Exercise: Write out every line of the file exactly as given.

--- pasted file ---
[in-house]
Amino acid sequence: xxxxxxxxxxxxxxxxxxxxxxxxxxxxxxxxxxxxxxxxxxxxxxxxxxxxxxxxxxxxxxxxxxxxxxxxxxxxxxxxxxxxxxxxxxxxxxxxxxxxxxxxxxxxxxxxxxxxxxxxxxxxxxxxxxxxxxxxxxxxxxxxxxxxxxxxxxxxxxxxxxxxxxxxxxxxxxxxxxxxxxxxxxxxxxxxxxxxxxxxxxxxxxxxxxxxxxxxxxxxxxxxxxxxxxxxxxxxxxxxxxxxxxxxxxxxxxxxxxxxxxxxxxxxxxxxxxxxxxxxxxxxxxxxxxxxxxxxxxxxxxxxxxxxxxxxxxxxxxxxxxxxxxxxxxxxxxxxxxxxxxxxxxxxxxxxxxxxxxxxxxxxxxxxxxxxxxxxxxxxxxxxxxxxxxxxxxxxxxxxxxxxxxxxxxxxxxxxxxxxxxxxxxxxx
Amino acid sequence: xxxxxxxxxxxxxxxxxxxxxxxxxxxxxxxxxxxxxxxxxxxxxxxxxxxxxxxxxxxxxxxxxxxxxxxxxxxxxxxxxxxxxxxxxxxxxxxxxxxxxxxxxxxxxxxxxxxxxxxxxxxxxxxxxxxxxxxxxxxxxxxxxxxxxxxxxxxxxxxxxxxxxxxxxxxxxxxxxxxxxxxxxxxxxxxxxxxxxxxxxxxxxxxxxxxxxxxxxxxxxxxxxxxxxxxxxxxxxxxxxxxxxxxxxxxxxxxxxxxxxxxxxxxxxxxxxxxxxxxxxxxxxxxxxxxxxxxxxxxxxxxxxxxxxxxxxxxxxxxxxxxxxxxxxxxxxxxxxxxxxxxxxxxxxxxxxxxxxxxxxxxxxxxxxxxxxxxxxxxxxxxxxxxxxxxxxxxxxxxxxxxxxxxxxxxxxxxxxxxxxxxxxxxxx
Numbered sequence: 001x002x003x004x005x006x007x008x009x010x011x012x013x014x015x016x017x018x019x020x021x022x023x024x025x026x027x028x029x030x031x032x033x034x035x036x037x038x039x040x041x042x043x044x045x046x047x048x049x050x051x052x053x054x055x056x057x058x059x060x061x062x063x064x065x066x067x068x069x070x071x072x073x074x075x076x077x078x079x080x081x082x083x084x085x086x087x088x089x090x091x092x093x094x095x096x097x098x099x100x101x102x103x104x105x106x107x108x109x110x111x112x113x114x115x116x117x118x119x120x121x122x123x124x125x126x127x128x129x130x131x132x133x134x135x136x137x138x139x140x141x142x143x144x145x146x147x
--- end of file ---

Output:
[in-house]
Amino acid sequence: xxxxxxxxxxxxxxxxxxxxxxxxxxxxxxxxxxxxxxxxxxxxxxxxxxxxxxxxxxxxxxxxxxxxxxxxxxxxxxxxxxxxxxxxxxxxxxxxxxxxxxxxxxxxxxxxxxxxxxxxxxxxxxxxxxxxxxxxxxxxxxxxxxxxxxxxxxxxxxxxxxxxxxxxxxxxxxxxxxxxxxxxxxxxxxxxxxxxxxxxxxxxxxxxxxxxxxxxxxxxxxxxxxxxxxxxxxxxxxxxxxxxxxxxxxxxxxxxxxxxxxxxxxxxxxxxxxxxxxxxxxxxxxxxxxxxxxxxxxxxxxxxxxxxxxxxxxxxxxxxxxxxxxxxxxxxxxxxxxxxxxxxxxxxxxxxxxxxxxxxxxxxxxxxxxxxxxxxxxxxxxxxxxxxxxxxxxxxxxxxxxxxxxxxxxxxxxxxxxxxxxxxxxxxx
Amino acid sequence: xxxxxxxxxxxxxxxxxxxxxxxxxxxxxxxxxxxxxxxxxxxxxxxxxxxxxxxxxxxxxxxxxxxxxxxxxxxxxxxxxxxxxxxxxxxxxxxxxxxxxxxxxxxxxxxxxxxxxxxxxxxxxxxxxxxxxxxxxxxxxxxxxxxxxxxxxxxxxxxxxxxxxxxxxxxxxxxxxxxxxxxxxxxxxxxxxxxxxxxxxxxxxxxxxxxxxxxxxxxxxxxxxxxxxxxxxxxxxxxxxxxxxxxxxxxxxxxxxxxxxxxxxxxxxxxxxxxxxxxxxxxxxxxxxxxxxxxxxxxxxxxxxxxxxxxxxxxxxxxxxxxxxxxxxxxxxxxxxxxxxxxxxxxxxxxxxxxxxxxxxxxxxxxxxxxxxxxxxxxxxxxxxxxxxxxxxxxxxxxxxxxxxxxxxxxxxxxxxxxxxxxxxxxxx
Numbered sequence: 001x002x003x004x005x006x007x008x009x010x011x012x013x014x015x016x017x018x019x020x021x022x023x024x025x026x027x028x029x030x031x032x033x034x035x036x037x038x039x040x041x042x043x044x045x046x047x048x049x050x051x052x053x054x055x056x057x058x059x060x061x062x063x064x065x066x067x068x069x070x071x072x073x074x075x076x077x078x079x080x081x082x083x084x085x086x087x088x089x090x091x092x093x094x095x096x097x098x099x100x101x102x103x104x105x106x107x108x109x110x111x112x113x114x115x116x117x118x119x120x121x122x123x124x125x126x127x128x129x130x131x132x133x134x135x136x137x138x139x140x141x142x143x144x145x146x147x